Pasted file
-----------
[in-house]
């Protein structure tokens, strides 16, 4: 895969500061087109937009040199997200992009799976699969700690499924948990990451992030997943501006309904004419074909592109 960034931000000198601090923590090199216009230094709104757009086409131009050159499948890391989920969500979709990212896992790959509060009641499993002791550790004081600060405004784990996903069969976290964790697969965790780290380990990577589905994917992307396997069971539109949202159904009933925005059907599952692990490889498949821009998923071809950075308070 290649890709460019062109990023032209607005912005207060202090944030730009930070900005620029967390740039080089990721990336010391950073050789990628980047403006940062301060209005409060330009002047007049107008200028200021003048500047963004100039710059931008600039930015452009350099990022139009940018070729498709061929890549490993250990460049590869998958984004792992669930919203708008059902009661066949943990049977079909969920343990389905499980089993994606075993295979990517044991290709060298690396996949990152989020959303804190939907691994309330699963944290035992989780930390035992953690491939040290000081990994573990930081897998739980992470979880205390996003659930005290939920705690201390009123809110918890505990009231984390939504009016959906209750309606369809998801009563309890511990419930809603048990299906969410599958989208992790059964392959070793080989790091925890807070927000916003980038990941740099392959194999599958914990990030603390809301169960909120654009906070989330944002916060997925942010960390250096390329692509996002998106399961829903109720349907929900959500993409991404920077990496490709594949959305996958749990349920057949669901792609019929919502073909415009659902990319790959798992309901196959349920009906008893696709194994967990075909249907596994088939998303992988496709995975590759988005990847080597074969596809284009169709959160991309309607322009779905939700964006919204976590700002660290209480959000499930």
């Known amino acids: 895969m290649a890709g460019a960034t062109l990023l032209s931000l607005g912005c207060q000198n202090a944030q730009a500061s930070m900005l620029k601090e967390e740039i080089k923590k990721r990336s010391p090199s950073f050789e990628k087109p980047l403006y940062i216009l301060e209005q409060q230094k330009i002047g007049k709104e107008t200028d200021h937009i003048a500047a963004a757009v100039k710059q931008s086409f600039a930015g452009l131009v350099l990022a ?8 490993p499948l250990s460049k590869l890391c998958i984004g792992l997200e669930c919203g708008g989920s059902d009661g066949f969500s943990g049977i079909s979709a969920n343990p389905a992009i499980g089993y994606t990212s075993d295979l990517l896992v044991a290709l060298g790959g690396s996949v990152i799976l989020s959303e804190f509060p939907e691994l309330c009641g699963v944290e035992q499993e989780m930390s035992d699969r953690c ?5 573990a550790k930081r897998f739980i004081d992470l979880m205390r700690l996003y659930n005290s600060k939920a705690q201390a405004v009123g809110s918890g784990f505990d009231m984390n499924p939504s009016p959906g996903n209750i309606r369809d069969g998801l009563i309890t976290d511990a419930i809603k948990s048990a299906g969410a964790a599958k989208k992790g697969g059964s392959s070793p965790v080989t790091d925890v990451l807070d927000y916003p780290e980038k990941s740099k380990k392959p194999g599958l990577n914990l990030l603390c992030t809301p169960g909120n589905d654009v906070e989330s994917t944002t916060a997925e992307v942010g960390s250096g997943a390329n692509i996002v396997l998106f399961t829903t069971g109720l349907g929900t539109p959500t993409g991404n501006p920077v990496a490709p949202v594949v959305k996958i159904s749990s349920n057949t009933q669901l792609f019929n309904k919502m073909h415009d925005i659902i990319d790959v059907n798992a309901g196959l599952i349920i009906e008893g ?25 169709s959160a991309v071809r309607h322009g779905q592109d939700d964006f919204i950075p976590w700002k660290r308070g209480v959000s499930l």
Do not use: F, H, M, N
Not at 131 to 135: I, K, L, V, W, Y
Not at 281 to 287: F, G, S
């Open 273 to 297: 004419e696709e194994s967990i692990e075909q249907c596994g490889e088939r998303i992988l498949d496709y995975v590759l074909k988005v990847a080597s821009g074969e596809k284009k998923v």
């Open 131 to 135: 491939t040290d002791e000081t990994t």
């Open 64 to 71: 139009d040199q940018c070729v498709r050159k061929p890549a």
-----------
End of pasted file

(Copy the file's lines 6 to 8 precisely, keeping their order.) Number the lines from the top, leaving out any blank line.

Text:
Not at 281 to 287: F, G, S
């Open 273 to 297: 004419e696709e194994s967990i692990e075909q249907c596994g490889e088939r998303i992988l498949d496709y995975v590759l074909k988005v990847a080597s821009g074969e596809k284009k998923v």
């Open 131 to 135: 491939t040290d002791e000081t990994t």